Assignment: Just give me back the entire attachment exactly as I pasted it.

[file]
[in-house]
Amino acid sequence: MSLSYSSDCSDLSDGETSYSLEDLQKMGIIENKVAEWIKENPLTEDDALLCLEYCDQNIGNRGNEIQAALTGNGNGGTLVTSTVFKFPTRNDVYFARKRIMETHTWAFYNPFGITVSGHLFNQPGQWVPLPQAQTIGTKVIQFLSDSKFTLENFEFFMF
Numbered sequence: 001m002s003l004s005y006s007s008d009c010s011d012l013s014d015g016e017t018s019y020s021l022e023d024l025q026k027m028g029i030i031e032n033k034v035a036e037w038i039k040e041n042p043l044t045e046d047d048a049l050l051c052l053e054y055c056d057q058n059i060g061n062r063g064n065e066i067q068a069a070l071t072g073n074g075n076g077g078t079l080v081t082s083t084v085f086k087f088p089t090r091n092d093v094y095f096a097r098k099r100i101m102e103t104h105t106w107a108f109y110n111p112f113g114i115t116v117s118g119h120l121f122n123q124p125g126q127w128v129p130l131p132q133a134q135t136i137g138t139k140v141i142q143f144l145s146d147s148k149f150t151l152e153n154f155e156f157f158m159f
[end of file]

[in-house]
Amino acid sequence: MSLSYSSDCSDLSDGETSYSLEDLQKMGIIENKVAEWIKENPLTEDDALLCLEYCDQNIGNRGNEIQAALTGNGNGGTLVTSTVFKFPTRNDVYFARKRIMETHTWAFYNPFGITVSGHLFNQPGQWVPLPQAQTIGTKVIQFLSDSKFTLENFEFFMF
Numbered sequence: 001m002s003l004s005y006s007s008d009c010s011d012l013s014d015g016e017t018s019y020s021l022e023d024l025q026k027m028g029i030i031e032n033k034v035a036e037w038i039k040e041n042p043l044t045e046d047d048a049l050l051c052l053e054y055c056d057q058n059i060g061n062r063g064n065e066i067q068a069a070l071t072g073n074g075n076g077g078t079l080v081t082s083t084v085f086k087f088p089t090r091n092d093v094y095f096a097r098k099r100i101m102e103t104h105t106w107a108f109y110n111p112f113g114i115t116v117s118g119h120l121f122n123q124p125g126q127w128v129p130l131p132q133a134q135t136i137g138t139k140v141i142q143f144l145s146d147s148k149f150t151l152e153n154f155e156f157f158m159f